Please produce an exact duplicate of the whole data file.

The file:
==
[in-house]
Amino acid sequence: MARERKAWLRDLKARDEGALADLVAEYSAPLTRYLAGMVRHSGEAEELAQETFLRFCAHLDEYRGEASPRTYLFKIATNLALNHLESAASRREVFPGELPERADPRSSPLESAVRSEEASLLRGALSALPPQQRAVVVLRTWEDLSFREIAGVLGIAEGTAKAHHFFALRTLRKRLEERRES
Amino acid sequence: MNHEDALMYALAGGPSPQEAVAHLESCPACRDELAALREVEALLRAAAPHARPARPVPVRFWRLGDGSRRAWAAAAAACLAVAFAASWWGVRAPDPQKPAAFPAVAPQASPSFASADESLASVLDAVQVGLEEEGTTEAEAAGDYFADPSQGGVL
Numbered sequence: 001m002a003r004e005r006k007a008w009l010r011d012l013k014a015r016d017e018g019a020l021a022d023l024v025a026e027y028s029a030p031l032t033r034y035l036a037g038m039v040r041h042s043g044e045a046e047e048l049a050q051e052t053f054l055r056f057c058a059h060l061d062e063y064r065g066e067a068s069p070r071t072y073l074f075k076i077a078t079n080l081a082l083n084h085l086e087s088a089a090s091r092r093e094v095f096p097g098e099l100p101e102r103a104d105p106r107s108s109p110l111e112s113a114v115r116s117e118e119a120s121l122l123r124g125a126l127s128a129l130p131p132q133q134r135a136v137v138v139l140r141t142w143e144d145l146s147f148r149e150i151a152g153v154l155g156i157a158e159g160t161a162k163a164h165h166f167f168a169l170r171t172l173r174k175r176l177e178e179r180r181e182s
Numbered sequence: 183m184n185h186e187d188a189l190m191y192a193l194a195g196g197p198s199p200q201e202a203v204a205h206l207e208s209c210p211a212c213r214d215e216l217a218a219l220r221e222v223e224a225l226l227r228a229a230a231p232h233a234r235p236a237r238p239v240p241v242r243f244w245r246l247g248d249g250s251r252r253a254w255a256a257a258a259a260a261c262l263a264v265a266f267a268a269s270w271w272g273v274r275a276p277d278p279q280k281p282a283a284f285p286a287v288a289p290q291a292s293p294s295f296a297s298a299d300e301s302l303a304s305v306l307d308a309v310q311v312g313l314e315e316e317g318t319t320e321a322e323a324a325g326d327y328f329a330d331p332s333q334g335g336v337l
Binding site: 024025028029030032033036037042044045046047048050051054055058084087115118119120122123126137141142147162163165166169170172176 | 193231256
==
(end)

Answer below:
[in-house]
Amino acid sequence: MARERKAWLRDLKARDEGALADLVAEYSAPLTRYLAGMVRHSGEAEELAQETFLRFCAHLDEYRGEASPRTYLFKIATNLALNHLESAASRREVFPGELPERADPRSSPLESAVRSEEASLLRGALSALPPQQRAVVVLRTWEDLSFREIAGVLGIAEGTAKAHHFFALRTLRKRLEERRES
Amino acid sequence: MNHEDALMYALAGGPSPQEAVAHLESCPACRDELAALREVEALLRAAAPHARPARPVPVRFWRLGDGSRRAWAAAAAACLAVAFAASWWGVRAPDPQKPAAFPAVAPQASPSFASADESLASVLDAVQVGLEEEGTTEAEAAGDYFADPSQGGVL
Numbered sequence: 001m002a003r004e005r006k007a008w009l010r011d012l013k014a015r016d017e018g019a020l021a022d023l024v025a026e027y028s029a030p031l032t033r034y035l036a037g038m039v040r041h042s043g044e045a046e047e048l049a050q051e052t053f054l055r056f057c058a059h060l061d062e063y064r065g066e067a068s069p070r071t072y073l074f075k076i077a078t079n080l081a082l083n084h085l086e087s088a089a090s091r092r093e094v095f096p097g098e099l100p101e102r103a104d105p106r107s108s109p110l111e112s113a114v115r116s117e118e119a120s121l122l123r124g125a126l127s128a129l130p131p132q133q134r135a136v137v138v139l140r141t142w143e144d145l146s147f148r149e150i151a152g153v154l155g156i157a158e159g160t161a162k163a164h165h166f167f168a169l170r171t172l173r174k175r176l177e178e179r180r181e182s
Numbered sequence: 183m184n185h186e187d188a189l190m191y192a193l194a195g196g197p198s199p200q201e202a203v204a205h206l207e208s209c210p211a212c213r214d215e216l217a218a219l220r221e222v223e224a225l226l227r228a229a230a231p232h233a234r235p236a237r238p239v240p241v242r243f244w245r246l247g248d249g250s251r252r253a254w255a256a257a258a259a260a261c262l263a264v265a266f267a268a269s270w271w272g273v274r275a276p277d278p279q280k281p282a283a284f285p286a287v288a289p290q291a292s293p294s295f296a297s298a299d300e301s302l303a304s305v306l307d308a309v310q311v312g313l314e315e316e317g318t319t320e321a322e323a324a325g326d327y328f329a330d331p332s333q334g335g336v337l
Binding site: 024025028029030032033036037042044045046047048050051054055058084087115118119120122123126137141142147162163165166169170172176 | 193231256